Tuesday, July 8, 2014

An Apple a Day Probably Won't Keep the Doctor Away

Ok, so let's talk about the cost of getting healthy.

It's expensive. Damn expensive.

On average, I was spending about $25 per week on groceries before I started this journey.  Sure, most of my meals came from a bag or a box, but that's not the point. Now, although I still eat processed foods like Lean Cuisines and Baked Cheetos, the average cost of my groceries per week has jumped to $80. I used to get all of my food at Save-a-Lot. It was mostly all generic brands, but I was fine with that because everything still tasted good. Now, I can't shop there very often. Yes, I can buy produce and meat, but if I want anything else, I have to go to Walmart or Kroger. I can't really buy anything generic. A bag of chips used to cost me $1.29, but now it costs almost $4.00.

But, apparently, I'm lying to you...

A study conducted by the Harvard School of Public Health in 2013 concluded that eating healthy doesn't cost much more than eating unhealthy. According to Dariush Mozaffarian, the study’s senior author and associate professor at HSPH and Harvard Medical School, “While healthier diets did cost more, the difference was smaller than many people might have expected. Over the course of a year, $1.50/day more for eating a healthy diet would increase food costs for one person by about $550 per year. This would represent a real burden for some families, and we need policies to help offset these costs. On the other hand, this price difference is very small in comparison to the economic costs of diet-related chronic diseases, which would be dramatically reduced by healthy diets.”

I'm sorry... Are we comparing the price of fruits and vegetables to the price of high-dollar steaks and gourmet pastries?  

The food I was eating before certainly wasn't high quality. I was surviving on Ramen Noodles and Michelina's frozen dinners. The dinners I was eating typically would cost around $1-$2. Now, they're double that. The study also says the findings were based on a 2,000 calorie diet. My question is, where in the world are they getting those numbers?

Back to Ramen Noodles...

For example, one serving of Ramen Noodles is 190 calories. Keep in mind that one serving is only half of a package. A 12-pack of Ramen Noodles is roughly $2.00, which would equal 24 servings. If you ate the entire pack of noodles, that would equal over 4,500 calories, which according to HSPH's study, would be enough calories for two days.The price of bananas, one of the higher-calorie fruits, runs about $0.59 per pound. A bunch of bananas typically weighs around two pounds, so it costs approximately $1.18 for about six bananas. In order to get 4,500 calories from bananas alone, you would have to eat over 40 bananas, costing almost $8.00. Yes, this is an extreme example, but you have to remember, thousands of college kids survive on Ramen Noodles. I don't know many people, okay, I don't know ANY people, who only eat bananas.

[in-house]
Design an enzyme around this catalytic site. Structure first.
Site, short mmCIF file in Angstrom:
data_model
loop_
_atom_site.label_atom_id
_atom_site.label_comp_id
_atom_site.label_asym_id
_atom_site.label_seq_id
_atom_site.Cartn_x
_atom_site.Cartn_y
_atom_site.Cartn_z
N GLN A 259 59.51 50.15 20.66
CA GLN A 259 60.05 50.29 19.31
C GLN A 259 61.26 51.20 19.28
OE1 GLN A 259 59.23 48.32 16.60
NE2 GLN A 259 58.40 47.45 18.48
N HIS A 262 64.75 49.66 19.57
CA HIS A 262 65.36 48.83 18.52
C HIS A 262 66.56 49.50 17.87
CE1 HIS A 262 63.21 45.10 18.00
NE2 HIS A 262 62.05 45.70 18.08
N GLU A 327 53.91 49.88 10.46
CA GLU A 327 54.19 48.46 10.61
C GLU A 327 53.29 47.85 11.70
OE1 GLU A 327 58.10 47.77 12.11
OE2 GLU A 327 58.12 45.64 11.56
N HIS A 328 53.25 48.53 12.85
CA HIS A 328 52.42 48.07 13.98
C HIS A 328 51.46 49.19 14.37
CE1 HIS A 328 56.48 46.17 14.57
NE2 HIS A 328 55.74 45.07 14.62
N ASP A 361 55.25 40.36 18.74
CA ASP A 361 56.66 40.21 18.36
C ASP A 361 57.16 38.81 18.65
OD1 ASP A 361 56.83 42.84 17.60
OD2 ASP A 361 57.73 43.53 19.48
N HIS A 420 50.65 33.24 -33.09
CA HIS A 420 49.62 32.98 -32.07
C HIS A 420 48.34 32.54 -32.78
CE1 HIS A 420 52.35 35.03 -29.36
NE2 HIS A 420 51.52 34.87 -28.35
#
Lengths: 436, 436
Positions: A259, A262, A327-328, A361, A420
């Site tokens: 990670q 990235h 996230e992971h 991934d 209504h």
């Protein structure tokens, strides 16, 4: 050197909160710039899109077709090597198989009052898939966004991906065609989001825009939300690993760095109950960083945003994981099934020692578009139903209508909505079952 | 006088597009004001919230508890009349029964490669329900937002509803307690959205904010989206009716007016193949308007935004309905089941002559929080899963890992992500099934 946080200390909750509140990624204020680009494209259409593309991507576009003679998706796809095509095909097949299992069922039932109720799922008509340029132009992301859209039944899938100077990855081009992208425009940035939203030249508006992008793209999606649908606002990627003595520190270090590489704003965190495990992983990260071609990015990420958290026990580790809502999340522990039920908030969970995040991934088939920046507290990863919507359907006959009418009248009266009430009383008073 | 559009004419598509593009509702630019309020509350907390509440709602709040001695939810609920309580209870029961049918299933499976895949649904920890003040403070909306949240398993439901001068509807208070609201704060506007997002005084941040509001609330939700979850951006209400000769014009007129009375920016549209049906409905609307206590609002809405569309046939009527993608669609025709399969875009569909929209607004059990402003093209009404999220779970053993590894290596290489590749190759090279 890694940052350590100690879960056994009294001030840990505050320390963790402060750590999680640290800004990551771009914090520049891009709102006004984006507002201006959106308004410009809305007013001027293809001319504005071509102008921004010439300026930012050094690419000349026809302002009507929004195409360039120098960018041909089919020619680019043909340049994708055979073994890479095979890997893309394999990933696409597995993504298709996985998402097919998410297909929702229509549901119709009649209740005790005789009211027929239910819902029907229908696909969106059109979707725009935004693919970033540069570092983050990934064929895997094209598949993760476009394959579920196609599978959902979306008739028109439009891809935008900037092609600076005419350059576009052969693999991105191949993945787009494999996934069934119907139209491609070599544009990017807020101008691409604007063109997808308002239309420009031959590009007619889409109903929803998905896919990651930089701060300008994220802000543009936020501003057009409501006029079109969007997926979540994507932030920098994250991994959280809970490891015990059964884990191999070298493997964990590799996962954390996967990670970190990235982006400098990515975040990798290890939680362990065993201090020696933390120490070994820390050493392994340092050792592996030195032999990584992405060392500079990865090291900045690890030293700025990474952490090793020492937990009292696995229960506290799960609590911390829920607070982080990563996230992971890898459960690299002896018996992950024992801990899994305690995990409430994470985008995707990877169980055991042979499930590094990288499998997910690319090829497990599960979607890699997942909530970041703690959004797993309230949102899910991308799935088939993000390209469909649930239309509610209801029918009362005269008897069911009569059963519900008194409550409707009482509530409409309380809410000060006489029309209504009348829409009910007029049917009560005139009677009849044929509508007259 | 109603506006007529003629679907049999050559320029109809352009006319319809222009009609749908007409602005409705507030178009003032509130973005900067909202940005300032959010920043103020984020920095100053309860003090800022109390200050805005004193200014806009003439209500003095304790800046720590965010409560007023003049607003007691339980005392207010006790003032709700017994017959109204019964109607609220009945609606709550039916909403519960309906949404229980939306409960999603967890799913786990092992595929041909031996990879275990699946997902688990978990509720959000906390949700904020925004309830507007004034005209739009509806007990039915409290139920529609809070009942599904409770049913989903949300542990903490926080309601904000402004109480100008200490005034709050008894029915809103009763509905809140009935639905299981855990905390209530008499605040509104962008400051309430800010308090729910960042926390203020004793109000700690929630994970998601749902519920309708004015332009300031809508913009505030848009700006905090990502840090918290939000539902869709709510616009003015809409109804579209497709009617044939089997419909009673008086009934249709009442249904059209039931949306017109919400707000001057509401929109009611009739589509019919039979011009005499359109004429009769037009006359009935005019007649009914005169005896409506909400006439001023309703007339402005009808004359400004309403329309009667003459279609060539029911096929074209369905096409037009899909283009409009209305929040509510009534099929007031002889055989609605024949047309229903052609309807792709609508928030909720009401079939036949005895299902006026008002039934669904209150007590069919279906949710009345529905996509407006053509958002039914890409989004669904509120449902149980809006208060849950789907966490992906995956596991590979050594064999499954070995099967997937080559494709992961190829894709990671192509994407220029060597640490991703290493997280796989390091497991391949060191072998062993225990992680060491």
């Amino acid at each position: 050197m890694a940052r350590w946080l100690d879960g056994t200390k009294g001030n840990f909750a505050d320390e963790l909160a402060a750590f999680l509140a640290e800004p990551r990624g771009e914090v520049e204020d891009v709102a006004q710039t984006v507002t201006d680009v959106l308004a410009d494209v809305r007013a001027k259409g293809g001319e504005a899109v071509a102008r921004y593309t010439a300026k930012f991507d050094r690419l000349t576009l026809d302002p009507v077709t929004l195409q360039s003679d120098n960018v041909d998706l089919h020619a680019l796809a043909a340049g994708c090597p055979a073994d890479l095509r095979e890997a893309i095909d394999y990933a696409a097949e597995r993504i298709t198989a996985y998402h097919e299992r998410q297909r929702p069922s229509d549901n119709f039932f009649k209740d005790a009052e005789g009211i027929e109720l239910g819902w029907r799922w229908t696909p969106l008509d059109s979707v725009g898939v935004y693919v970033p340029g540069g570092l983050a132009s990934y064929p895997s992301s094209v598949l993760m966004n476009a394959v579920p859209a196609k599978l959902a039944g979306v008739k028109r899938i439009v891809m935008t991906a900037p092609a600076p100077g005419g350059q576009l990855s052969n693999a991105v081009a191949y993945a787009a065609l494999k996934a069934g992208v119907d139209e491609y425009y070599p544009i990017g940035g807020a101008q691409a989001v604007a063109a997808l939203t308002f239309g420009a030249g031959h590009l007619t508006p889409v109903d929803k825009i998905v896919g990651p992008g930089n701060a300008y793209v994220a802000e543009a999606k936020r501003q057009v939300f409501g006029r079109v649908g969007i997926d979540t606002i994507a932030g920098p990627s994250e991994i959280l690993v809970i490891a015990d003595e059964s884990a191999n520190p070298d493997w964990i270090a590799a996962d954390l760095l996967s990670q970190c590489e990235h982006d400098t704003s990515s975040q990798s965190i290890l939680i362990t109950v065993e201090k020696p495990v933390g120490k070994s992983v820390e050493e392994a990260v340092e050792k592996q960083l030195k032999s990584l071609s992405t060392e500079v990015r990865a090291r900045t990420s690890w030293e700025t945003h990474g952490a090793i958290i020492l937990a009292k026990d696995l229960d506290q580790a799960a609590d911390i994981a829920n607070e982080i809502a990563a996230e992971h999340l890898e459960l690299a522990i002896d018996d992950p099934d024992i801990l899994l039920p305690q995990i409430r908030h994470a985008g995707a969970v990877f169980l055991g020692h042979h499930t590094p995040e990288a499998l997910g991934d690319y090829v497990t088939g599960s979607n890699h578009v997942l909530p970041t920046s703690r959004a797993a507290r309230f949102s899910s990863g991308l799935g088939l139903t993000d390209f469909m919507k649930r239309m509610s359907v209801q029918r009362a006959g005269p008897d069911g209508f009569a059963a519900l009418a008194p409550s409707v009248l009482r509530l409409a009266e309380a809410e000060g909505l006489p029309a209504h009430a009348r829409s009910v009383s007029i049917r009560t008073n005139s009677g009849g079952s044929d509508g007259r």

I'm certainly no Harvard "expert," but this just doesn't make any sense. Using the most extreme example, the numbers just don't add up. You can't tell me that eating healthy only costs $1.50 more per day when my grocery bill has jumped almost $60 per week. Keep in mind that I was shopping at Save-a-Lot. Had I bought the food I previously ate at Kroger, the difference would most likely be less, but the difference would still be higher than $1.50 per day.

The study mentions nothing about brands of food or eating out, which the average American does four times per week, and I find that very disappointing.

But, don't even get me started on the price of eating healthy at a restaurant versus not eating healthy. Take a look at dollar menus. You can get a double cheeseburger or french fries, but forget about getting a grilled chicken sandwich for anything less than $4.00.

The study does mention that in the long run, eating healthy ends up being extremely more affordable due to the fact that illnesses caused by an unhealthy diet significantly increase your cost of healthcare. However, just because you eat an apple a day, doesn't mean the doctor is going to stay away.

Obviously, I don't have any scientific backing and I'm pretty much just ranting, but it's not fair. I only have my own experience to base this off of, but figure it out for yourself! This week, buy anything unhealthy that looks delicious. The next week, buy groceries that enable you to maintain a healthy, balanced diet. I promise that it will cost you more than it did the previous week! Okay, don't really do that. After all, we're trying to be healthy here!


  1. Loraine Branan7/14/14, 2:21 PM

    I have noticed that I am spending more on groceries as well. There are many outside forces that has raised the prices of everything. Storms, droughts, all that raises prices. But I have been reading that living healthy is the way we need to be. In the end when you add medical costs, you come out spending less on healthy living. A great read on this is Tom Schneider's A Physician's Apology, ihealthspan.com is his site. There are just some reasons to take on the healthy over the cheaper and easy foods. I get your rant though, prices are rising so quickly it does make it difficult to eat right for sure!

    1. Thank you for your comment. We are supposed to eat healthy, but then we can't afford anything else! I understand that eating healthy would decrease medical costs in the future, but it's hard to come up with the extra money right now. And who knows, I could get hit by a bus in 10 years and never have to worry about medical expenses from obesity. Morbid way to look at it, but it's true. Eating healthy just needs to be more affordable.


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